more than welcome on all fronts. Obviously I have not addressed DOH robot
    or something such as TestSwarm, but I do think that starting small is
    better than anything. In the very least, the current HTML runner needs a
    lot of love--particularly in light of the idea that we are moving to
    packages. Better to have a single package that can be grabbed quickly and
    run any number of tests than to sprinkle packages with things like
    runTests.html with a meta redirect.
    What's bad about the meta-redirect? I suppose just doing a require() and
    then calling doh.run() seems cleaner, although I'm curious if there's a
    practical issue.

    As I've mentioned before, robot is the pain point for me, but I agree that
    starting small is better than nothing. (I assume above you meant
    "nothing" rather than "anything".)



    _______________________________________________
    dojo-contributors mailing list
    dojo-contributors at mail.dojotoolkit.org
    http://mail.dojotoolkit.org/mailman/listinfo/dojo-contributors

    --
    ______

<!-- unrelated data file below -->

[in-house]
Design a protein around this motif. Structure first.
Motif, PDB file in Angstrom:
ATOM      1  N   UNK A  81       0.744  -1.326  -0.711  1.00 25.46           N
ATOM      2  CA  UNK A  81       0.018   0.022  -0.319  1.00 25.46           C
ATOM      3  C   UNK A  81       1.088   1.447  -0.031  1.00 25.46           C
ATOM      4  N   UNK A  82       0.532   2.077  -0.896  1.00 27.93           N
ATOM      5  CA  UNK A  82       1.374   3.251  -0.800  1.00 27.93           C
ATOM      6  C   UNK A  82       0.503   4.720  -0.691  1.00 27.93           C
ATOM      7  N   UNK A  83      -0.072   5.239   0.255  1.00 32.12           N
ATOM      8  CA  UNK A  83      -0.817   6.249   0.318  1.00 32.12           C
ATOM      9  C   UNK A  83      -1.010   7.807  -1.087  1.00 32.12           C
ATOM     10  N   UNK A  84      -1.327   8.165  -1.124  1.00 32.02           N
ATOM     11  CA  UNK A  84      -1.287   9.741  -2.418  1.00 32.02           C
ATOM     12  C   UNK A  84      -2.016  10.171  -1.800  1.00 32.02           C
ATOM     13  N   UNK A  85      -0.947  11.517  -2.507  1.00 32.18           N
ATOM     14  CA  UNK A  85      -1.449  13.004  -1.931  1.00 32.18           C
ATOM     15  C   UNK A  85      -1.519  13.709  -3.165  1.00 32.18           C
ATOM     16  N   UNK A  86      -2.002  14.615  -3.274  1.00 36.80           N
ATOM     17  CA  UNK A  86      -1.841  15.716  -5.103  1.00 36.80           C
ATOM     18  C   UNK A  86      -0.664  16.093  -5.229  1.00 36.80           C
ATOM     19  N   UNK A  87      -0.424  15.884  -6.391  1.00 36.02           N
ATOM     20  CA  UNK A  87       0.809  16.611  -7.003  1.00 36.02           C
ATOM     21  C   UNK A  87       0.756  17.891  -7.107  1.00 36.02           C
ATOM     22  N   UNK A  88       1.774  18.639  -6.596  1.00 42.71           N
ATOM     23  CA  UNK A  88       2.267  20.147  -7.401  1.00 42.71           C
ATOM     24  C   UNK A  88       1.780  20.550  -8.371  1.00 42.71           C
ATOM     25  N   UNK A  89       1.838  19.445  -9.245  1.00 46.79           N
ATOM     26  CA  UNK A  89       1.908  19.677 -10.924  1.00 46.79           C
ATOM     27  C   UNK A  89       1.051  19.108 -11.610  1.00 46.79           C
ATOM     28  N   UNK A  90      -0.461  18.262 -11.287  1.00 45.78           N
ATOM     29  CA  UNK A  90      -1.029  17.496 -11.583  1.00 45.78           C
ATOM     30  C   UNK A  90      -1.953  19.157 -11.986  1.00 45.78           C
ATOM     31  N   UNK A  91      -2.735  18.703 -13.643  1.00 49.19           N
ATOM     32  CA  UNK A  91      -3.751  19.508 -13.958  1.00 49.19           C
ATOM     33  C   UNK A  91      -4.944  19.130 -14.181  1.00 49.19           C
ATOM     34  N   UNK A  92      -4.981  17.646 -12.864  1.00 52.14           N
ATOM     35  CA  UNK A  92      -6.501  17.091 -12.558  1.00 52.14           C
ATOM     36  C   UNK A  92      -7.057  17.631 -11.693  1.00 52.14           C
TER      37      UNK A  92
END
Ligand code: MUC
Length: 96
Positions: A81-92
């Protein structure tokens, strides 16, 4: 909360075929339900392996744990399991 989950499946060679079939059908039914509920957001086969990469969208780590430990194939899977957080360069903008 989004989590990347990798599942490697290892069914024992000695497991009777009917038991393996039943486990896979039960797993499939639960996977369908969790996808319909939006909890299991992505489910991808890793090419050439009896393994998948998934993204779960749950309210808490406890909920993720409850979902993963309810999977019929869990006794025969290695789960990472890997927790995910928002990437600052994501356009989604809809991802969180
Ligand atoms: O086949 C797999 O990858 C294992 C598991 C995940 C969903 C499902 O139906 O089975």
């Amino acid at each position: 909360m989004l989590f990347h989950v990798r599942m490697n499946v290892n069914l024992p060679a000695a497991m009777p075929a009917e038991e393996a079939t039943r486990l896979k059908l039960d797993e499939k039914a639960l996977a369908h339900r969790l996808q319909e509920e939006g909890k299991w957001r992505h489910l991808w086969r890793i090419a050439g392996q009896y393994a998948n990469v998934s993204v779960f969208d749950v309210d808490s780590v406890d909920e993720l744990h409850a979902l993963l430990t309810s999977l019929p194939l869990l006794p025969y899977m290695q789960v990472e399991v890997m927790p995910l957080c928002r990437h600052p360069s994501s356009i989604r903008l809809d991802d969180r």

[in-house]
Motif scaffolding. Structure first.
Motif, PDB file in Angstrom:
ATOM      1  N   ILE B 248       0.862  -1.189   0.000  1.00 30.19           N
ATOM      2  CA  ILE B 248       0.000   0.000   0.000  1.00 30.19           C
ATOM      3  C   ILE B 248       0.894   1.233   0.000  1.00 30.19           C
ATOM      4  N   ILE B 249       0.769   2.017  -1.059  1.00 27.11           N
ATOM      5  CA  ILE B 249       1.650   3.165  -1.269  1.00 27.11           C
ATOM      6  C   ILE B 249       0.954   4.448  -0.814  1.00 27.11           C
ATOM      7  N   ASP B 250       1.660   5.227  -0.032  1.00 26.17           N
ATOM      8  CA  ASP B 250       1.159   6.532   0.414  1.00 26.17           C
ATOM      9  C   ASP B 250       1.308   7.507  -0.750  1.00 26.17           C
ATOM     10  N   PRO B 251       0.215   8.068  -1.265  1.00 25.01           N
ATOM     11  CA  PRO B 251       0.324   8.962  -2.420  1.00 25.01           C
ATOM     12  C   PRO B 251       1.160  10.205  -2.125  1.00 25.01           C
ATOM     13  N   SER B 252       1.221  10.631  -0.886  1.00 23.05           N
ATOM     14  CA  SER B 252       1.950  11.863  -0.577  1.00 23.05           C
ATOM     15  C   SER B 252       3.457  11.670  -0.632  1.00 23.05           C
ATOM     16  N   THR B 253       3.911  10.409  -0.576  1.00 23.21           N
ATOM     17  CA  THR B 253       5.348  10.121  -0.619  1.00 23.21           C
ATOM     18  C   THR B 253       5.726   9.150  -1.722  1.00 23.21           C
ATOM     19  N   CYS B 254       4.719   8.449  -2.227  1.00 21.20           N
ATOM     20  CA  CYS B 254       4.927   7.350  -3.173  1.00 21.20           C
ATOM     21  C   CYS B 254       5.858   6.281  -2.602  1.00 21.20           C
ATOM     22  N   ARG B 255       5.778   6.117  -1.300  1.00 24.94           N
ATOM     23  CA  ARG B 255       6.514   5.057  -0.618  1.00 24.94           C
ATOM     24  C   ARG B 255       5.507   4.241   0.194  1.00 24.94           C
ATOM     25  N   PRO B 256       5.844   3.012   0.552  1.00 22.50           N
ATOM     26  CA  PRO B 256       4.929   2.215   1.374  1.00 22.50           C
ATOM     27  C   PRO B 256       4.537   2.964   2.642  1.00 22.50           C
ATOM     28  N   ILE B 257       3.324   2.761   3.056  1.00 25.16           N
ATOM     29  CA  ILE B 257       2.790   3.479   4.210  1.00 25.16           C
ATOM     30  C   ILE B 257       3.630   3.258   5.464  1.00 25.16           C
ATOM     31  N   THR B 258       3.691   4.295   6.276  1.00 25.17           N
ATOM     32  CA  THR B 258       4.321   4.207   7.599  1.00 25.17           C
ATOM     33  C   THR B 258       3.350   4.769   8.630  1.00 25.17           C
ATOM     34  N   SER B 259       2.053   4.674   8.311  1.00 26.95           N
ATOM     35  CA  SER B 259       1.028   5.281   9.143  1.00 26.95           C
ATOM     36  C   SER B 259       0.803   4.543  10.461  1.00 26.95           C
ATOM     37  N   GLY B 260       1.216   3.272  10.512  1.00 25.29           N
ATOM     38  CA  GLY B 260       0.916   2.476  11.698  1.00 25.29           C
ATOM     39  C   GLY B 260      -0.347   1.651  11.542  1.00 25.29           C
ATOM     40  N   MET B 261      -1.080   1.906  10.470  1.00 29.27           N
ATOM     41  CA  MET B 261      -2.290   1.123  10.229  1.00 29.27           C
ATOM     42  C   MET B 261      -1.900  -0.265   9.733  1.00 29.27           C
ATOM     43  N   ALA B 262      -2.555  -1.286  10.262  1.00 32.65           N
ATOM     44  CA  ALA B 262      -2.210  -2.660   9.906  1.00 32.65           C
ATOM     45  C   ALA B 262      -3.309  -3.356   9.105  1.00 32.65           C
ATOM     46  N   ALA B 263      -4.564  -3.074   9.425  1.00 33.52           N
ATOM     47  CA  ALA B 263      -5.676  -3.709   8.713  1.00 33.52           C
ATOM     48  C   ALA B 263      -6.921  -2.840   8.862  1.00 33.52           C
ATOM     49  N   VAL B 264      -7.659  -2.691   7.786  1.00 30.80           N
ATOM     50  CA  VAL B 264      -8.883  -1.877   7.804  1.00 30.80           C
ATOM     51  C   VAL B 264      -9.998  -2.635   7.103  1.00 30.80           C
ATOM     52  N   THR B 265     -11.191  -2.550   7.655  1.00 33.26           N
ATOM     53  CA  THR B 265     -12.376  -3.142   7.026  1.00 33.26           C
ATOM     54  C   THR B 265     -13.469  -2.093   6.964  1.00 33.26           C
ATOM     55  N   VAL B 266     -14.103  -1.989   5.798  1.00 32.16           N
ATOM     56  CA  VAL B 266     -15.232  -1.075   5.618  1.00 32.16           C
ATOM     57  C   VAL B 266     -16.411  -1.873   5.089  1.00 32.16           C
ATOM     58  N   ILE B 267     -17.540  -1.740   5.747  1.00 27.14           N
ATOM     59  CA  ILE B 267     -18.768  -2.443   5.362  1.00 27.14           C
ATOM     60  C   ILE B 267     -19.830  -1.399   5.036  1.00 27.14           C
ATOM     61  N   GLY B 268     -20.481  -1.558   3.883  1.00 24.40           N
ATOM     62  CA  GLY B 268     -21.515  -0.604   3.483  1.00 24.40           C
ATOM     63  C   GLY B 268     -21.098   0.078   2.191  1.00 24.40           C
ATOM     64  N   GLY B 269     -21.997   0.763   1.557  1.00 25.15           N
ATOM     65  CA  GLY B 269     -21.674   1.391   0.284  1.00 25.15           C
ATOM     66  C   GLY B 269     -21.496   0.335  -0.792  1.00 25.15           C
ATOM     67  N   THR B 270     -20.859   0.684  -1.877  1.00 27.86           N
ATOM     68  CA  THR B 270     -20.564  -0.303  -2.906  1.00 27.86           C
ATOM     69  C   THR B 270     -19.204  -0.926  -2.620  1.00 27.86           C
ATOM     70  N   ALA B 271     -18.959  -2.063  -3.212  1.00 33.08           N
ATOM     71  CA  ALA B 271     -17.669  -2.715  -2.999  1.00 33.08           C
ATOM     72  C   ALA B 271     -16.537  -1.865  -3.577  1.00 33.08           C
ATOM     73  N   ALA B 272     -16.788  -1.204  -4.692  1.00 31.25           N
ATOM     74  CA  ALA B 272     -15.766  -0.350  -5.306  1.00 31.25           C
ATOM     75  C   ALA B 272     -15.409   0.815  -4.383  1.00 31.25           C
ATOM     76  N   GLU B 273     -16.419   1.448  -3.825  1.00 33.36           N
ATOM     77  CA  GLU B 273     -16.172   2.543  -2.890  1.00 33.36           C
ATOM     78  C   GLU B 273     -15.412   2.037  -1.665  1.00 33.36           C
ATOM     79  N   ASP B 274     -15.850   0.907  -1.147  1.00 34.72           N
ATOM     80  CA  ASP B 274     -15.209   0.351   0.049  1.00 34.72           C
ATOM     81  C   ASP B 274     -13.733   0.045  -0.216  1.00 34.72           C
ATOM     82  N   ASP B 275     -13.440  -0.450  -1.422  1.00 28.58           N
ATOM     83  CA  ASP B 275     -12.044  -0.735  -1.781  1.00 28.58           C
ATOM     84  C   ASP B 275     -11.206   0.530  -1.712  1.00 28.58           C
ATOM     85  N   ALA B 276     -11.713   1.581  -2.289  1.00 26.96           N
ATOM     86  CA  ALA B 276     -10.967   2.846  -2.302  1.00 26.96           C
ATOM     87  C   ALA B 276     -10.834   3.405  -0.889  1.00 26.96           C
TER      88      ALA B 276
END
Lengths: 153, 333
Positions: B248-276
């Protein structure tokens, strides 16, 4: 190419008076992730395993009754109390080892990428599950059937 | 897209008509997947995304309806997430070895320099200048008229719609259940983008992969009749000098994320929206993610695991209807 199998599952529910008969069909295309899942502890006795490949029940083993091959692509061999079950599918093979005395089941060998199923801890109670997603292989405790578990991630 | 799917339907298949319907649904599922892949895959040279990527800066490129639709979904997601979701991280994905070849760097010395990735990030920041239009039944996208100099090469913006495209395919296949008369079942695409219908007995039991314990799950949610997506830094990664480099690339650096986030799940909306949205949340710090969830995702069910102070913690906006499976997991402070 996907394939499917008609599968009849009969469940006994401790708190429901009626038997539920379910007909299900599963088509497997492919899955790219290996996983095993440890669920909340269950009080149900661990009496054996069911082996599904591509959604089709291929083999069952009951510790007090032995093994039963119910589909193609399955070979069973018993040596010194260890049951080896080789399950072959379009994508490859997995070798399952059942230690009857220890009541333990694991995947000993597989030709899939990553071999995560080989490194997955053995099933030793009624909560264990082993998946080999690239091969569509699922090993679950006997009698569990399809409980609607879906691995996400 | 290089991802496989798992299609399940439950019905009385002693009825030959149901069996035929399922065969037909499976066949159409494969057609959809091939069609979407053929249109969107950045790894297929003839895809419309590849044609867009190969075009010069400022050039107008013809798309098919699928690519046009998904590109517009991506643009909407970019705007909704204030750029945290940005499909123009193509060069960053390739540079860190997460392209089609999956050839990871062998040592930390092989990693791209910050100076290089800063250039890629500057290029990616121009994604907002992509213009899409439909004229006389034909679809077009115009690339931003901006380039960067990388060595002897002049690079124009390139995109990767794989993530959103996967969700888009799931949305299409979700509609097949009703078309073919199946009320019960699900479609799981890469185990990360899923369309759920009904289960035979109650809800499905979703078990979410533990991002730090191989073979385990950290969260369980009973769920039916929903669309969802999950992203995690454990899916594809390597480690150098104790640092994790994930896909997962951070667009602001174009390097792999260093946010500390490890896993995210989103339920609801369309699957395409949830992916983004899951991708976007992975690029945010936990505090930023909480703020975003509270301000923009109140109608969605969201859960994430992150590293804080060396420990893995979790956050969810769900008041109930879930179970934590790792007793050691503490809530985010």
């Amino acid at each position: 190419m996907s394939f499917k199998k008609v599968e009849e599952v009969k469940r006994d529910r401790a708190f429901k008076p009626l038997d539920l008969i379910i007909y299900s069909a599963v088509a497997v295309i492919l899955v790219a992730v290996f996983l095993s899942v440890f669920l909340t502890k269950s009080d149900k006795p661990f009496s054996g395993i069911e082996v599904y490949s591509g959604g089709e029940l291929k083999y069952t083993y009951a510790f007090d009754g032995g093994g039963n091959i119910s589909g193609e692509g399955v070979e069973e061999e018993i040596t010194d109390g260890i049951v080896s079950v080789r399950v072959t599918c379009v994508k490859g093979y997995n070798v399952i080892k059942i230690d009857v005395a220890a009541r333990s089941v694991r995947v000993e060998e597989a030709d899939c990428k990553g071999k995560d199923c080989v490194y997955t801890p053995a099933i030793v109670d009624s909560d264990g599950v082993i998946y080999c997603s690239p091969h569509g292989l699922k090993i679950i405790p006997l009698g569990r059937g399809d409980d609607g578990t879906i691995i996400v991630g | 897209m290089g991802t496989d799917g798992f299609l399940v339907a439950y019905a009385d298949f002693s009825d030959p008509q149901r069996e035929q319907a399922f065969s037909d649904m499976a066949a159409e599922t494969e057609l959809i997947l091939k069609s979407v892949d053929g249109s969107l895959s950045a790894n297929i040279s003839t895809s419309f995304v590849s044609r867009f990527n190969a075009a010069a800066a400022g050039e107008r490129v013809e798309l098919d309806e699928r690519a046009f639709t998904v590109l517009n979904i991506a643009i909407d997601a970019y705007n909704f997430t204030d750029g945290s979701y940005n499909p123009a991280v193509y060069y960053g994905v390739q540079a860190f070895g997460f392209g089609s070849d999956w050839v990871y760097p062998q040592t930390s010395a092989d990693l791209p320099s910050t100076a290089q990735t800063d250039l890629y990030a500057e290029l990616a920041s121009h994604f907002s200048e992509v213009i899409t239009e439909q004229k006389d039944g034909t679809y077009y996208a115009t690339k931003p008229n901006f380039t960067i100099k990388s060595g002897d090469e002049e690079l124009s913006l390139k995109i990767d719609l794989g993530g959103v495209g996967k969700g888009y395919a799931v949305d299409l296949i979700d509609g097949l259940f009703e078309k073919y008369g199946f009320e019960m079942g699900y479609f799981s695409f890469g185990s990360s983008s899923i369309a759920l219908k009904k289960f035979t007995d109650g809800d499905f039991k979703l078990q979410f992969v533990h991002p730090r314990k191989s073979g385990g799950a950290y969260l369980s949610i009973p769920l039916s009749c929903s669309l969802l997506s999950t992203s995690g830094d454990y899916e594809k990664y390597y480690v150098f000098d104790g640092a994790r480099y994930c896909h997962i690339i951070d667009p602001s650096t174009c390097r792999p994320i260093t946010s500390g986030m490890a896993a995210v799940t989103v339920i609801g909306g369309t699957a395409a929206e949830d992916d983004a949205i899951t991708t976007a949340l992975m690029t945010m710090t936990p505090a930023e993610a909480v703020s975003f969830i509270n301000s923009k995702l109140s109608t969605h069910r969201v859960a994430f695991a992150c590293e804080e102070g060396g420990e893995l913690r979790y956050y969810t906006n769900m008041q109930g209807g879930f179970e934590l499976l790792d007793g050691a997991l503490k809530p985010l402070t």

/l_,[____],
    l- -L-OlllllllO
    ()_)-()_)--)_)
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  • Bill Keese at Feb 18, 2012 at 10:40 pm
    Ah thanks, I guess so, or at least half of what I was thinking of.
  • Tom Trenka at Feb 19, 2012 at 10:34 am
    Inline on your inline...

    2012/2/18 Bill Keese <bill at dojotoolkit.org>
    So I've spent what extra time I can in the past two weeks taking a
    high-level look at JS unit testing; I've looked at a few systems such as
    QUnit, SproutCore/core-test, a few others that have been passed my way
    (there's one that Bryan Forbes pointed me at this week that cujo is
    apparently adopting but for the life of me I can't remember the name of it
    right now, begins with a "b")
    Back in August Bryan told me that he was working on a synthetic event
    testing system using Deferreds and AMD etc. Is that what you mean? The
    only thing I can find though is
    https://github.com/bryanforbes/test-commonjs, which seems different.

    There's also selenium webdriver, but that's more of a replacement for